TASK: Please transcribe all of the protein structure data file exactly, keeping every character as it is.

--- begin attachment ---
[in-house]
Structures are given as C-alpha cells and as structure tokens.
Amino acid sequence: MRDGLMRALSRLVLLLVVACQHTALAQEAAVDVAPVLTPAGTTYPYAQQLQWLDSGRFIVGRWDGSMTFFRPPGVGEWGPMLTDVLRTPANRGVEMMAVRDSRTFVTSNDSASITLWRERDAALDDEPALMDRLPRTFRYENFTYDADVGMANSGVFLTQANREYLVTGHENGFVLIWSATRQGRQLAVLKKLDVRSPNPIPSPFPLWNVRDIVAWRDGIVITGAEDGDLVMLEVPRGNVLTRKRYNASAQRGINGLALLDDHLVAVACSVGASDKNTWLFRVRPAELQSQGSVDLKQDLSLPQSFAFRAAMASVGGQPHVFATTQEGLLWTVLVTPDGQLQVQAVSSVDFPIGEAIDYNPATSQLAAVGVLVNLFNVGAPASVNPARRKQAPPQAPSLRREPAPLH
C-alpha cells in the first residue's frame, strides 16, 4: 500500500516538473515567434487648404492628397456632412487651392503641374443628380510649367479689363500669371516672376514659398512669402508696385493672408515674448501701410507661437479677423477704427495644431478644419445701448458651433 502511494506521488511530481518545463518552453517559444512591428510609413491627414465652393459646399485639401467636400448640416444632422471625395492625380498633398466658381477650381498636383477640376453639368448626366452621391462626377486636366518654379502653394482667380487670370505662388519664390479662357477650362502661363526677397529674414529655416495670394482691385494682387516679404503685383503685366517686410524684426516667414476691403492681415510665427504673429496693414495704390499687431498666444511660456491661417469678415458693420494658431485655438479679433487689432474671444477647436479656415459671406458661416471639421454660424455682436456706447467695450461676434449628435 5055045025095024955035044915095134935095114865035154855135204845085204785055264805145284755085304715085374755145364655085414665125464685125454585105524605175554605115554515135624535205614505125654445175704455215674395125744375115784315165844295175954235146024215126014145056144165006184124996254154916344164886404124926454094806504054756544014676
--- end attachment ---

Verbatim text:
[in-house]
Structures are given as C-alpha cells and as structure tokens.
Amino acid sequence: MRDGLMRALSRLVLLLVVACQHTALAQEAAVDVAPVLTPAGTTYPYAQQLQWLDSGRFIVGRWDGSMTFFRPPGVGEWGPMLTDVLRTPANRGVEMMAVRDSRTFVTSNDSASITLWRERDAALDDEPALMDRLPRTFRYENFTYDADVGMANSGVFLTQANREYLVTGHENGFVLIWSATRQGRQLAVLKKLDVRSPNPIPSPFPLWNVRDIVAWRDGIVITGAEDGDLVMLEVPRGNVLTRKRYNASAQRGINGLALLDDHLVAVACSVGASDKNTWLFRVRPAELQSQGSVDLKQDLSLPQSFAFRAAMASVGGQPHVFATTQEGLLWTVLVTPDGQLQVQAVSSVDFPIGEAIDYNPATSQLAAVGVLVNLFNVGAPASVNPARRKQAPPQAPSLRREPAPLH
C-alpha cells in the first residue's frame, strides 16, 4: 500500500516538473515567434487648404492628397456632412487651392503641374443628380510649367479689363500669371516672376514659398512669402508696385493672408515674448501701410507661437479677423477704427495644431478644419445701448458651433 502511494506521488511530481518545463518552453517559444512591428510609413491627414465652393459646399485639401467636400448640416444632422471625395492625380498633398466658381477650381498636383477640376453639368448626366452621391462626377486636366518654379502653394482667380487670370505662388519664390479662357477650362502661363526677397529674414529655416495670394482691385494682387516679404503685383503685366517686410524684426516667414476691403492681415510665427504673429496693414495704390499687431498666444511660456491661417469678415458693420494658431485655438479679433487689432474671444477647436479656415459671406458661416471639421454660424455682436456706447467695450461676434449628435 5055045025095024955035044915095134935095114865035154855135204845085204785055264805145284755085304715085374755145364655085414665125464685125454585105524605175554605115554515135624535205614505125654445175704455215674395125744375115784315165844295175954235146024215126014145056144165006184124996254154916344164886404124926454094806504054756544014676